Seven studies were included in the review: two RCTs and five interrupted time series (ITS) (20,384 participants, range 256 to 5,043). There was no perceived risk of selection bias or attrition bias in any study. One study was double-blinded and another was partial-blinded. Detection bias was considered to be present in three studies. Compliance with chlorhexidine body washing was measured in one study.
Incidence of acquisition of MRSA carriage was significantly reduced with chlorhexidine body washing in the three ITS studies in which this was the primary outcome.
Five studies (four ITS, one RCT) assessed MRSA infection rates (three studies as the primary endpoint) and a significant reduction in MRSA infection rate was found in one ITS study.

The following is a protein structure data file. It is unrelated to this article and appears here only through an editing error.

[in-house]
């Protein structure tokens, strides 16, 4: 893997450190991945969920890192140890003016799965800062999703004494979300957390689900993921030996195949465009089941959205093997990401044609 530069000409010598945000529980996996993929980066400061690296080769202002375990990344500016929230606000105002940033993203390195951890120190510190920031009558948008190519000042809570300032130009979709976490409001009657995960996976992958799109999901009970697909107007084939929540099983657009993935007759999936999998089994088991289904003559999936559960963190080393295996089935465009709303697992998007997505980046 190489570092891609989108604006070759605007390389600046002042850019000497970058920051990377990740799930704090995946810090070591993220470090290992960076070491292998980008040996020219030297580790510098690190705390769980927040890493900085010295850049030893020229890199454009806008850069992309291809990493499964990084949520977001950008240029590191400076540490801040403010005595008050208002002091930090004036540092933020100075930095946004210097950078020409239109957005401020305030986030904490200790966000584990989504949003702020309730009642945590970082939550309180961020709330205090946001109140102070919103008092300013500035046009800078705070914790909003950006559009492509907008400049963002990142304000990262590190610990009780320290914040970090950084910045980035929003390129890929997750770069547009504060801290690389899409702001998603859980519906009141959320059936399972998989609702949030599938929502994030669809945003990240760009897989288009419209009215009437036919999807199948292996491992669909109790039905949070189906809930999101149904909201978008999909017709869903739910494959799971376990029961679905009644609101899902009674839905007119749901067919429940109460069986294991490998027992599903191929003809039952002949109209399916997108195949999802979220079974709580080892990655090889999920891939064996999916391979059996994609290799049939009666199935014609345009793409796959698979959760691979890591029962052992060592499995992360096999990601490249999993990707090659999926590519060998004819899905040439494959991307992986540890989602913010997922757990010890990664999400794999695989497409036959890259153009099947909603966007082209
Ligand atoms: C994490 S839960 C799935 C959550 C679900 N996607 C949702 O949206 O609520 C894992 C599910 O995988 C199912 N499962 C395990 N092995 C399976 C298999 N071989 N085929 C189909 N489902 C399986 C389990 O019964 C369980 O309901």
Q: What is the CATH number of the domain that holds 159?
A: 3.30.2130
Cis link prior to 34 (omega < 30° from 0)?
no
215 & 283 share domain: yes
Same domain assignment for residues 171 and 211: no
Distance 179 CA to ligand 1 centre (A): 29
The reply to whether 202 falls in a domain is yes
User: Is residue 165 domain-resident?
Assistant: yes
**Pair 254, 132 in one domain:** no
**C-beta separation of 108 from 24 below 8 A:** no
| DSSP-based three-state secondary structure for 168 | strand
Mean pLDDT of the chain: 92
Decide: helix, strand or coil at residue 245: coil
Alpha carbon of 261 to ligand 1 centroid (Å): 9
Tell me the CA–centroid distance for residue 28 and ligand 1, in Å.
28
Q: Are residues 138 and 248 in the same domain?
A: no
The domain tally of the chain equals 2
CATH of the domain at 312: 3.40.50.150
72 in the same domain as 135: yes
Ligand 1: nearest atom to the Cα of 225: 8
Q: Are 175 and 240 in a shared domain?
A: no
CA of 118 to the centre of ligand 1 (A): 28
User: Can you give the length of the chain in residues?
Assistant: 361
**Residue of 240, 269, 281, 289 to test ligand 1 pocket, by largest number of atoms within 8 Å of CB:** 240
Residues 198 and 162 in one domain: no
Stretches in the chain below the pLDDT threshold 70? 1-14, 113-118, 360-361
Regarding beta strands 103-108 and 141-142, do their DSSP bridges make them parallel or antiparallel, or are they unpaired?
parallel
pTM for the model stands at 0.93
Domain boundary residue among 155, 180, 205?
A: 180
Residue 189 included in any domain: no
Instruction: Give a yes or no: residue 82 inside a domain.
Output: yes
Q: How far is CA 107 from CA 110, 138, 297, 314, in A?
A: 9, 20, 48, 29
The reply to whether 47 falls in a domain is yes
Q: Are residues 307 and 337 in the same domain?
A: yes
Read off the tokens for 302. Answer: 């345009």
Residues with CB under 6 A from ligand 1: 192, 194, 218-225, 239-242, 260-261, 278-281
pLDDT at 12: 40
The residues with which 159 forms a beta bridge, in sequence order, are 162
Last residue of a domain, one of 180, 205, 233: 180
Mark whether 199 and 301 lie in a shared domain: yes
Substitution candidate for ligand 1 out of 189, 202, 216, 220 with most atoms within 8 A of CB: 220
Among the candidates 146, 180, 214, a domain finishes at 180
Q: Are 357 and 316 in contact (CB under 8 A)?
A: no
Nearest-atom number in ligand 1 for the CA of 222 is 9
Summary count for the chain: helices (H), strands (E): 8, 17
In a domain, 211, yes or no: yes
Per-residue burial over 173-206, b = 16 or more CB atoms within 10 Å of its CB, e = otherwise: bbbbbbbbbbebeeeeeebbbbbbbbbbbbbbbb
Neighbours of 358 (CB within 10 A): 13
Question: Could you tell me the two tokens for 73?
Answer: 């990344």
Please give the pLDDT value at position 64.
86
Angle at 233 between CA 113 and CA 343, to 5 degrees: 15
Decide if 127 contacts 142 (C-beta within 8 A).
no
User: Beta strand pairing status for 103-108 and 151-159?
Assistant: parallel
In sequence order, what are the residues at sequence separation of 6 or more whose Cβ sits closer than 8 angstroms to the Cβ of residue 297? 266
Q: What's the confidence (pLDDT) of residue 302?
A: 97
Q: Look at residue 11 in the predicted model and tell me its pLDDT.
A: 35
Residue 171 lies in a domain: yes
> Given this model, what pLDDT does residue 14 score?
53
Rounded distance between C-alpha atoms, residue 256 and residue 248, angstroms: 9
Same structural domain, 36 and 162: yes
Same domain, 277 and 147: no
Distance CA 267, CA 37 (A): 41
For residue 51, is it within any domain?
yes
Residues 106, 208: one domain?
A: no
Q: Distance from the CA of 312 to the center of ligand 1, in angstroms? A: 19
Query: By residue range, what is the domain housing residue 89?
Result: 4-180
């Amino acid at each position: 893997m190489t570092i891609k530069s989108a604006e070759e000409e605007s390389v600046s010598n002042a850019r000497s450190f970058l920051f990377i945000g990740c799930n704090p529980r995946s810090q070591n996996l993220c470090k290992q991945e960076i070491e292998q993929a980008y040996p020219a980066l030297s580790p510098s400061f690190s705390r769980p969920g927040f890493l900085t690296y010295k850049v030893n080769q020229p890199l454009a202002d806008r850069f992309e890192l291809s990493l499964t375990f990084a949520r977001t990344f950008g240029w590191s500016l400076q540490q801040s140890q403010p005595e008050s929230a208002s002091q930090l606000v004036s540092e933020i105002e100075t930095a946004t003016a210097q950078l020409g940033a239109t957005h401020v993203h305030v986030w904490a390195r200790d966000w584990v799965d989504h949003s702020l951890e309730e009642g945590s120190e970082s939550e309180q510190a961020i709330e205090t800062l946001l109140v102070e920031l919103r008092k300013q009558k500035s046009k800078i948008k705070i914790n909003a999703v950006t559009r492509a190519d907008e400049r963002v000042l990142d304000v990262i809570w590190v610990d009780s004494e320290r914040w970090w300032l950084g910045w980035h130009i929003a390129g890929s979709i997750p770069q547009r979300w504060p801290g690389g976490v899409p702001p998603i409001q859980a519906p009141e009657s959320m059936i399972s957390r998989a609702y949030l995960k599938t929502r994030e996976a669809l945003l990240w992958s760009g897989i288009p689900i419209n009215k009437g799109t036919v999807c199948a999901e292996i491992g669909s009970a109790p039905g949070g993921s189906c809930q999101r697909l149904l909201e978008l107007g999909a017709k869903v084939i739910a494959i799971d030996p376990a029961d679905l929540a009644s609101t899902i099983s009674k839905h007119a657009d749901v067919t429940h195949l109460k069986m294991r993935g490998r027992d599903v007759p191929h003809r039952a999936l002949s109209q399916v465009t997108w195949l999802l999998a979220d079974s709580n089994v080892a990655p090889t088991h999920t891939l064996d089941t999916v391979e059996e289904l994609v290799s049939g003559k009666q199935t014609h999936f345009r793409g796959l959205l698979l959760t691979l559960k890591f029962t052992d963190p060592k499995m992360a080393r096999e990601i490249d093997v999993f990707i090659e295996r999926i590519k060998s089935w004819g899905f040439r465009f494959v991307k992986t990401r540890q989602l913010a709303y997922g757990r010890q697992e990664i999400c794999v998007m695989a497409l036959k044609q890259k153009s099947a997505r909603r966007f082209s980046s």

Carriage and bacteraemia rates due to vancomycin-resistant enterococcus were assessed as the primary endpoints in one ITS study that found a significant reduction in both outcomes.
Three studies (two RCTs, one ITS) considered all-cause infection rates as the primary endpoint and one RCT found a significant reduction in incidence of all-cause primary blood stream infections with chlorhexidine body washing.
None of the studies had incidence of colonisation and/or infections with antibiotic-resistant gram-negative bacteria as primary endpoints. One RCT found a higher incidence of infection with antibiotic-resistant gram-negative bacteria after introduction of chlorhexidine body washing. Two studies (one ITS, one RCT) found a reduction in incidence of infection with chlorhexidine body washing. Rates were very low (1% or less) in both study periods in one ITS study.